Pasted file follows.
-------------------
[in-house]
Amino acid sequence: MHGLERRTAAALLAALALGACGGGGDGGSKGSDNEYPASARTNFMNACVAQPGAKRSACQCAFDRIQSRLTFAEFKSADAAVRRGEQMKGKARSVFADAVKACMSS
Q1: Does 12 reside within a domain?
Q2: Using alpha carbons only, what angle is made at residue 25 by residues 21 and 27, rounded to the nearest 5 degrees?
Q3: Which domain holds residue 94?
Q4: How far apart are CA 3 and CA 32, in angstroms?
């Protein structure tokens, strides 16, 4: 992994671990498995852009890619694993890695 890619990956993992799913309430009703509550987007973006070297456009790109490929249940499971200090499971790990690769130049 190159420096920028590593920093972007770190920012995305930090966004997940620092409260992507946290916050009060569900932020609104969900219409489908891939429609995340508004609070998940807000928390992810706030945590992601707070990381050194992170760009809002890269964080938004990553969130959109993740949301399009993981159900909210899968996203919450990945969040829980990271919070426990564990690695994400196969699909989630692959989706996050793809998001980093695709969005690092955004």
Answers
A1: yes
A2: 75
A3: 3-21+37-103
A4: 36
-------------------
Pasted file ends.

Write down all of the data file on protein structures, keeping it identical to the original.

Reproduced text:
[in-house]
Amino acid sequence: MHGLERRTAAALLAALALGACGGGGDGGSKGSDNEYPASARTNFMNACVAQPGAKRSACQCAFDRIQSRLTFAEFKSADAAVRRGEQMKGKARSVFADAVKACMSS
Q1: Does 12 reside within a domain?
Q2: Using alpha carbons only, what angle is made at residue 25 by residues 21 and 27, rounded to the nearest 5 degrees?
Q3: Which domain holds residue 94?
Q4: How far apart are CA 3 and CA 32, in angstroms?
């Protein structure tokens, strides 16, 4: 992994671990498995852009890619694993890695 890619990956993992799913309430009703509550987007973006070297456009790109490929249940499971200090499971790990690769130049 190159420096920028590593920093972007770190920012995305930090966004997940620092409260992507946290916050009060569900932020609104969900219409489908891939429609995340508004609070998940807000928390992810706030945590992601707070990381050194992170760009809002890269964080938004990553969130959109993740949301399009993981159900909210899968996203919450990945969040829980990271919070426990564990690695994400196969699909989630692959989706996050793809998001980093695709969005690092955004």
Answers
A1: yes
A2: 75
A3: 3-21+37-103
A4: 36